Dietitians for Professional Integrity (DFPI), an advocacy group founded in February 2013 by a team of 14 dietitians, recently released an overview and analysis of the 2013 Food and Nutrition Conference and Expo (FNCE). The FNCE is an annual event hosted by the Academy of Nutrition and Dietetics (“The Academy”), “the world’s largest organization of food and nutrition professionals,” according to its website. The document is entitled “The Food Ties that Bind: The Academy of Nutrition & Dietetics’ 2013 Conference and Expo,” and is aimed at debunking many of the promotional and “educational” materials circulated at the event by FNCE corporate partners and premier sponsors from Big Food, which include Coca-Cola, PepsiCo, Unilever, General Mills, and Kellogg’s. These companies distributed pamphlets, information sheets, and “educational advertisements” that DFPI considers “misleading,” misrepresenting nutritional facts about each corporation’s products while ignoring the vast number of nutritional and environment shortcomings of each product.
The report also exposes the problematic nature of partnerships between Big Food and The Academy, which claims in its mission statement to be “committed to improving the nation’s health.” According to DFPI, “these partnerships compromise professional integrity, get in the way of sound nutrition messaging, and can inhibit public criticism of these companies’ more egregious practices.”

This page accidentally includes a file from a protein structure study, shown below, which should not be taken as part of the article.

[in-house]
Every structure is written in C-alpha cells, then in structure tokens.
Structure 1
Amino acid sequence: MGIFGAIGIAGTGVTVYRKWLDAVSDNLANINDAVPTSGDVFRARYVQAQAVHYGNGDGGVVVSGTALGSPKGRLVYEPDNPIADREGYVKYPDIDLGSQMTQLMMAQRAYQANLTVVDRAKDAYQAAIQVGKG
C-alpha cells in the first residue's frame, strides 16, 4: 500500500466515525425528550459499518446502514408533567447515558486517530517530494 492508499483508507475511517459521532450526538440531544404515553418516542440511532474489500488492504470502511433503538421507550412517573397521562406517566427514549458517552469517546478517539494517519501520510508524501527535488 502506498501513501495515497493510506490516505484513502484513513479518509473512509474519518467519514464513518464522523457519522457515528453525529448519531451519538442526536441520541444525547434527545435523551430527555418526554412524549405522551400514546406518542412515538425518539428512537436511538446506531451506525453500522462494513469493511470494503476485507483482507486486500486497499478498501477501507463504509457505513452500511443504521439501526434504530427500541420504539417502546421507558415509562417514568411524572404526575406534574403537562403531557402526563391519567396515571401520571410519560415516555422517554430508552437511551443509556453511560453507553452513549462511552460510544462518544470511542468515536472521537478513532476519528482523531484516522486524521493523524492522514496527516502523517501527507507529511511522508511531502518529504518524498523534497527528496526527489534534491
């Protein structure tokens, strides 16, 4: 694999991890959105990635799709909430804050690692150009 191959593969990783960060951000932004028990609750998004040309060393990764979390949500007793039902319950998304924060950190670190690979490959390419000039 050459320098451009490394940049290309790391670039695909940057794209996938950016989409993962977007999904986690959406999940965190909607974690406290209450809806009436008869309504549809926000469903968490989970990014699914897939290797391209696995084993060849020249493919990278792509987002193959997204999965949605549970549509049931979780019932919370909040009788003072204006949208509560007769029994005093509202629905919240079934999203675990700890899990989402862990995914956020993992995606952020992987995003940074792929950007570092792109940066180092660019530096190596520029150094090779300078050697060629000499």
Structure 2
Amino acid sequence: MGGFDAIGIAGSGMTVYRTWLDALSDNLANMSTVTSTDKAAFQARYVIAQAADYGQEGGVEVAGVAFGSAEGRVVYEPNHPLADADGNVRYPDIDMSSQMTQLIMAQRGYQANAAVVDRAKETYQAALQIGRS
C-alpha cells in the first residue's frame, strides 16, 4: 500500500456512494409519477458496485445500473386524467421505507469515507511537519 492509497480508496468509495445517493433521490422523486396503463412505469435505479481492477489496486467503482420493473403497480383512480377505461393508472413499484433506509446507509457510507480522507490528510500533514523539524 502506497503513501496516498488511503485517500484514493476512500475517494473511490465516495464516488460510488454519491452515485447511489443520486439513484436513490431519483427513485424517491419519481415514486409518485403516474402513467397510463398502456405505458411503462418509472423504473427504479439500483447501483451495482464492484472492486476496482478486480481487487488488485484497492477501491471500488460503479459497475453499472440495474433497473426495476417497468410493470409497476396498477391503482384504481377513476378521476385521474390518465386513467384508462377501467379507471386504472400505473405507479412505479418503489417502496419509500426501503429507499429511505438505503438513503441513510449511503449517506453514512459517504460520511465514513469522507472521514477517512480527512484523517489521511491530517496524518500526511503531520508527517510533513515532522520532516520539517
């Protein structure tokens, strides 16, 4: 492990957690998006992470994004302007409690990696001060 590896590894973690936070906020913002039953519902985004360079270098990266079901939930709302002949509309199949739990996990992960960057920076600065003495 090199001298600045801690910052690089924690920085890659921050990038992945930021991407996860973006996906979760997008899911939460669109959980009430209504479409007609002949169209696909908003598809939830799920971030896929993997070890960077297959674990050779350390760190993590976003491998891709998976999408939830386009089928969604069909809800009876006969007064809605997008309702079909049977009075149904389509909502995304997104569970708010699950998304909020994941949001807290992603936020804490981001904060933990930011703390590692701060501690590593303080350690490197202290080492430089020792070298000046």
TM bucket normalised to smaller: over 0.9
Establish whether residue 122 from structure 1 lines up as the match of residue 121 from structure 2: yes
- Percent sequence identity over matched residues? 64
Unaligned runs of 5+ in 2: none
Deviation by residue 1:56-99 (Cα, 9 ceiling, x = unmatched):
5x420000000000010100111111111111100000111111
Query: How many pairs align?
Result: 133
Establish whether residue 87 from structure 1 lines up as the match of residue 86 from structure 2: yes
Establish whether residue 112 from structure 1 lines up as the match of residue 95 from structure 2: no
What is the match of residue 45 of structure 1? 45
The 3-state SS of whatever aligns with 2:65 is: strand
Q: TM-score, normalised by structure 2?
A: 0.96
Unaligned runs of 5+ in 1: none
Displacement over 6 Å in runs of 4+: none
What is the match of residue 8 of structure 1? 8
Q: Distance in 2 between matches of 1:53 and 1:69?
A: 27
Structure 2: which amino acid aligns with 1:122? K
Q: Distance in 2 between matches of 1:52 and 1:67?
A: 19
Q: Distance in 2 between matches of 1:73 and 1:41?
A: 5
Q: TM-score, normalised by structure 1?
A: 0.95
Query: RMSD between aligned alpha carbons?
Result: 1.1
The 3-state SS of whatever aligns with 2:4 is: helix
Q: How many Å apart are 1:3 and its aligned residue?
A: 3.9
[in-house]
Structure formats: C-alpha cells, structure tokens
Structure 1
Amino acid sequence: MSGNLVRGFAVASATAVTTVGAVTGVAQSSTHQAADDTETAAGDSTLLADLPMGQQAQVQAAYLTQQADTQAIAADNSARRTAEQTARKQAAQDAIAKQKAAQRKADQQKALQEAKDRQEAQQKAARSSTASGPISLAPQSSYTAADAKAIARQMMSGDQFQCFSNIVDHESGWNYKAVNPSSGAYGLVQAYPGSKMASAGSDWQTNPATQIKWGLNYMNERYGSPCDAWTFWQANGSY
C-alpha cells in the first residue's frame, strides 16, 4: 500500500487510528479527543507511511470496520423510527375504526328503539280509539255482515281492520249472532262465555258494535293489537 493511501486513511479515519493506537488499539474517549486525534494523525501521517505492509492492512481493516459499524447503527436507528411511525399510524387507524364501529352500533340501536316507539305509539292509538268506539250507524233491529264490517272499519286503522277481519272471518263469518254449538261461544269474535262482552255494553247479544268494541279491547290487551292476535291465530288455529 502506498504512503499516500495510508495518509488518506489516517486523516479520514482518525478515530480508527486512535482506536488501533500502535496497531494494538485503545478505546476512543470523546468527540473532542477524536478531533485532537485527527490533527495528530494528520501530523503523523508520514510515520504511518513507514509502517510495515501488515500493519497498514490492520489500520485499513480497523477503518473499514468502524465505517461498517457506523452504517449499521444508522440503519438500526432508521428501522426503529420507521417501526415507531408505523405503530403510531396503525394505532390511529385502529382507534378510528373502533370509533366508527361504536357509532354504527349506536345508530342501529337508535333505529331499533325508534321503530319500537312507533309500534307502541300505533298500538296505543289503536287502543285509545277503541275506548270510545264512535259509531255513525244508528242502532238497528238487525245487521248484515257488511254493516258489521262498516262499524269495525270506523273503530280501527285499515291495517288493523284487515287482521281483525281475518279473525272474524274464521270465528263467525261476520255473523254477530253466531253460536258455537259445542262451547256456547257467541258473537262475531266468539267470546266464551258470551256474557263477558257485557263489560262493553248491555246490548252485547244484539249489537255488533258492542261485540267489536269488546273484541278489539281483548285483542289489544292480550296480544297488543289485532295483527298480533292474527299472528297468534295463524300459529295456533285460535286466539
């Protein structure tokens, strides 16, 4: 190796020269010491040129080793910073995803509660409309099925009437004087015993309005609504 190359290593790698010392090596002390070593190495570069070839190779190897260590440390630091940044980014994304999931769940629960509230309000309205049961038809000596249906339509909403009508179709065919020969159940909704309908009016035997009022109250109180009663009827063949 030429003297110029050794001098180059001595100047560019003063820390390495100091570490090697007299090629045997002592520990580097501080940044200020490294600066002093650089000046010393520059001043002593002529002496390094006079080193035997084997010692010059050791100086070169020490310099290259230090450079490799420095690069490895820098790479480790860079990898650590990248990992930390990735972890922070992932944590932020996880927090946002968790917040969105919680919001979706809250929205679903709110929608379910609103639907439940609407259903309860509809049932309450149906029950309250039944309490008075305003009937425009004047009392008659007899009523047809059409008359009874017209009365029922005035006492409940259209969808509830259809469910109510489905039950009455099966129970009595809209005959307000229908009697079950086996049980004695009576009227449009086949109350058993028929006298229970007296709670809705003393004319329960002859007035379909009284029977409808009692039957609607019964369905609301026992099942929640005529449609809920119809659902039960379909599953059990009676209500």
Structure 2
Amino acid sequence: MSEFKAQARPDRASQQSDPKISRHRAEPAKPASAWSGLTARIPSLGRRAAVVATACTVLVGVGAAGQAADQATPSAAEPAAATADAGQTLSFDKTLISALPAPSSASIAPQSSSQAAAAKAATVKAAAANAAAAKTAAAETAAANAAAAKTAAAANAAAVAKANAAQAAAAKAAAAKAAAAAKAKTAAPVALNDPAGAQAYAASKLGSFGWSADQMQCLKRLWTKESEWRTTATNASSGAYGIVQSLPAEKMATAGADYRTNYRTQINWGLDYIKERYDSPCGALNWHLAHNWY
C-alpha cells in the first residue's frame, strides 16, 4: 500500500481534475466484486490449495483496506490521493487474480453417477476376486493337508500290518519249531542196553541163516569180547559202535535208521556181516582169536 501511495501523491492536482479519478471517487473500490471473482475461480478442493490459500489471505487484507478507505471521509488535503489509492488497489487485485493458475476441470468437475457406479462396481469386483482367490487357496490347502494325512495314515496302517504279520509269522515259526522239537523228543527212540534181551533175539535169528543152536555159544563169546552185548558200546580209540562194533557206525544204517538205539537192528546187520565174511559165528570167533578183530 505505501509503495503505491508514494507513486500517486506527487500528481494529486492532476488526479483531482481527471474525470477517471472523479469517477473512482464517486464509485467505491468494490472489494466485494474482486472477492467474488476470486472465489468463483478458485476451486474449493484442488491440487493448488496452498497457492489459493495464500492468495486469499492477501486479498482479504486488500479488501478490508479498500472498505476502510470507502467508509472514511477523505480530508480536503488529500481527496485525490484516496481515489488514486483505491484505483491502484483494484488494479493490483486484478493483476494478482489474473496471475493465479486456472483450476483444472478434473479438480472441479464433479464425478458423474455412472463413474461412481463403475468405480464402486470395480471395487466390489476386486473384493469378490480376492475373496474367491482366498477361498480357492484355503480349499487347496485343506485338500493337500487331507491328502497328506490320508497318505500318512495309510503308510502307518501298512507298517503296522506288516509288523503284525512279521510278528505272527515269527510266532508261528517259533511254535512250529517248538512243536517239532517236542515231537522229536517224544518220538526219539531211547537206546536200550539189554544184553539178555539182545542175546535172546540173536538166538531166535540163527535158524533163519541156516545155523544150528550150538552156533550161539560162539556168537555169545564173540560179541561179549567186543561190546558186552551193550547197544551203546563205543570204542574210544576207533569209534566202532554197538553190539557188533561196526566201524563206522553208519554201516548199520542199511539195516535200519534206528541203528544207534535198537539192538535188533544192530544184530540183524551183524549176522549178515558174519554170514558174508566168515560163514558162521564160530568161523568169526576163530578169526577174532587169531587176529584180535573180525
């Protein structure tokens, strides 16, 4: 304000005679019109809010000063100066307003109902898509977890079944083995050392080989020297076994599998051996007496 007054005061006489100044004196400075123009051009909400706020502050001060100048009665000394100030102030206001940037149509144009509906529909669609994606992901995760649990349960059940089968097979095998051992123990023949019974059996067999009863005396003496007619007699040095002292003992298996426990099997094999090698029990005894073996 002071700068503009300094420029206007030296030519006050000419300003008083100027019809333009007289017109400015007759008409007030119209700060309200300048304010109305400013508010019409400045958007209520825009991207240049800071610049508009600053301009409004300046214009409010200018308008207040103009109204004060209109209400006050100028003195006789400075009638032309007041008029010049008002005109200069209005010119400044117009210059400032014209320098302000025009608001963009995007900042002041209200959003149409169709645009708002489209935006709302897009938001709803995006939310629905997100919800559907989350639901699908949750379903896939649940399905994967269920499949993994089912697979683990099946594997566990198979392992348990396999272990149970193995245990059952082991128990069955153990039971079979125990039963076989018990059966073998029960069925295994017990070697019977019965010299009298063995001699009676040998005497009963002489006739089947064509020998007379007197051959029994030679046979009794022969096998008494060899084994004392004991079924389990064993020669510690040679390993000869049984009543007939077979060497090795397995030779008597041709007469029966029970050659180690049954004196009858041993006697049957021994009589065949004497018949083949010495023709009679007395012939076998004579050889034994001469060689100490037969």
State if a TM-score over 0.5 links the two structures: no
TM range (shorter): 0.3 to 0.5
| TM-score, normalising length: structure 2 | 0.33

DFPI urges the Academy to cut ties with corporate partners and sponsors from Big Food, in the interest of remaining true to the Academy’s own stated purpose. “DFPI’s efforts stem from the appreciation and respect its co-founders have for the RD (registered dietitian) credential, which we want to be represented with the utmost professionalism and integrity.”
“We believe it is crucial to have ongoing conversations about this topic with Academy leadership and have incremental goals in place,” DFPI members state in the report, “with the hopeful end result of the Academy severing partnerships and sponsorships with Big Food.”
In its report, DFPI advocates for, among other suggestions, a higher level of transparency in the funding of the FNCE, requesting that the event’s organizers “[s]hare Academy financial summaries and highlight specific contributions from corporate partners and sponsors.” DFPI also criticizes the last-minute policy that banned photography on the Expo floor, which they say only served to “foster mistrust and suspicion,” since “the only booths that seemed concerned with photography and aware of the ban were the Academy’s partners and sponsors.”
Transparency is an area in which some of the most prominent of the FNCE corporate sponsors already have spotty histories. Among other corporate food producers, Coca-Cola, Pepsi, and Kellogg’s recently spent millions of dollars to oppose the initiative to implement compulsory labeling of products containing genetically modified ingredients (GMI) in the state of Washington. The US$22 million spent was channeled through a representative trade group called the Grocery Manufacturers Association. The successful counter-campaign maintained the status quo in Washington that permits Big Food corporations to include GMIs in their products, without having to inform the consumer about the presence of these ingredients.
The push for greater transparency is one of the four “asks” DFPI has put forth in order to gradually implement “systemic change” for future FNCEs. DFPI’s ultimate goal is the complete removal of Big Food involvement with the Expo, and the group offers its report as a starting point to move in that direction. “We believe that once information is made available, future conversations about the Academy’s sponsorships can move away from hypothetical and theoretical and deal with actual figures and numbers that reflect the organization’s reality.”